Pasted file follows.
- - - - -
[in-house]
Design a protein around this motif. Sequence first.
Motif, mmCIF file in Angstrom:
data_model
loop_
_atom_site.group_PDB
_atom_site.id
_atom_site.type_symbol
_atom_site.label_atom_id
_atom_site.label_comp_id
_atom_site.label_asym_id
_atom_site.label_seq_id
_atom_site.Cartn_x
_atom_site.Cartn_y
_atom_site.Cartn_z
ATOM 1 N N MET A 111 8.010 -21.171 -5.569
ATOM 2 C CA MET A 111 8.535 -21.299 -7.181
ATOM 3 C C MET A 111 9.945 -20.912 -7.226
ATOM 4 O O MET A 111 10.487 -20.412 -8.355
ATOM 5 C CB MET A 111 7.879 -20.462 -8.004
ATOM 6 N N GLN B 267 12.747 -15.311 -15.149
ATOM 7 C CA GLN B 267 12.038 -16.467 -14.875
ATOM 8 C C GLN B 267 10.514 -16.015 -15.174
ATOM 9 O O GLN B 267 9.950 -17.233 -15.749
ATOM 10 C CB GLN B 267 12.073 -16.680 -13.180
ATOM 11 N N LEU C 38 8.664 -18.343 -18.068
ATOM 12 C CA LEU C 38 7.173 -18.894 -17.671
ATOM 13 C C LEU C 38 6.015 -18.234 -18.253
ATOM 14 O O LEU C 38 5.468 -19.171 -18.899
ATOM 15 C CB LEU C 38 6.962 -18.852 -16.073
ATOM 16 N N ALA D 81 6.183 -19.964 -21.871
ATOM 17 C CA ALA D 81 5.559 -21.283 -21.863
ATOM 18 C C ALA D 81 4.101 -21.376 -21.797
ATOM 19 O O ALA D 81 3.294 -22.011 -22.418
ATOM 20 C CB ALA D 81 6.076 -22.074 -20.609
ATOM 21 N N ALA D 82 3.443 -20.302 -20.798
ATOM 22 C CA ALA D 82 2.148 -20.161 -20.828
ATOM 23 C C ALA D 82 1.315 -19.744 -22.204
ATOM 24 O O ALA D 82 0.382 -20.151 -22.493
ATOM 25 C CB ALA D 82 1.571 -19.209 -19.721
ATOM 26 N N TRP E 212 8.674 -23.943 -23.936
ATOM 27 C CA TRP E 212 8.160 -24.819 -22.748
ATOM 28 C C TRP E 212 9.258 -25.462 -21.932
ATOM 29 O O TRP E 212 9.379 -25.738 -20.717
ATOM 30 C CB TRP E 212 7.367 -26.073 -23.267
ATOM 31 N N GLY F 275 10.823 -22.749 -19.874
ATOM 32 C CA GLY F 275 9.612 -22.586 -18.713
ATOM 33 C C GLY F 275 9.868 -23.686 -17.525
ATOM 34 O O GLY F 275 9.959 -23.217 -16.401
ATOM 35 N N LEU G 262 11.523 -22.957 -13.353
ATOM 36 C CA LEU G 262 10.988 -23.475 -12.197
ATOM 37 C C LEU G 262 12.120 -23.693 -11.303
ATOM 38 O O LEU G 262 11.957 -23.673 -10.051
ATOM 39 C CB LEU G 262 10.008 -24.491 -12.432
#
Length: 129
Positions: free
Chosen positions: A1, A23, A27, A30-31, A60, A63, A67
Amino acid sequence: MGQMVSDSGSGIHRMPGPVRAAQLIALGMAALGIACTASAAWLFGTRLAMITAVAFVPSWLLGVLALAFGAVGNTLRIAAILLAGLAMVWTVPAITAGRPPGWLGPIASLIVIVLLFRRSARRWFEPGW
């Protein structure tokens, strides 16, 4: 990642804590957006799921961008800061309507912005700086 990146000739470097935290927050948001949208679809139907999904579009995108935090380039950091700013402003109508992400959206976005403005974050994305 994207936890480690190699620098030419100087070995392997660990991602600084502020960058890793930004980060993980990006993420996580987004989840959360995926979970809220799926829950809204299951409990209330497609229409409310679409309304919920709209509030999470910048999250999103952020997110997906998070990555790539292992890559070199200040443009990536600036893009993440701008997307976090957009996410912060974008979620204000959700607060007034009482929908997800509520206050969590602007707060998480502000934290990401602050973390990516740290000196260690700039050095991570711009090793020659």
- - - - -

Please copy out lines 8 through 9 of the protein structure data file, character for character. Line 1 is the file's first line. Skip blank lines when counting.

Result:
_atom_site.type_symbol
_atom_site.label_atom_id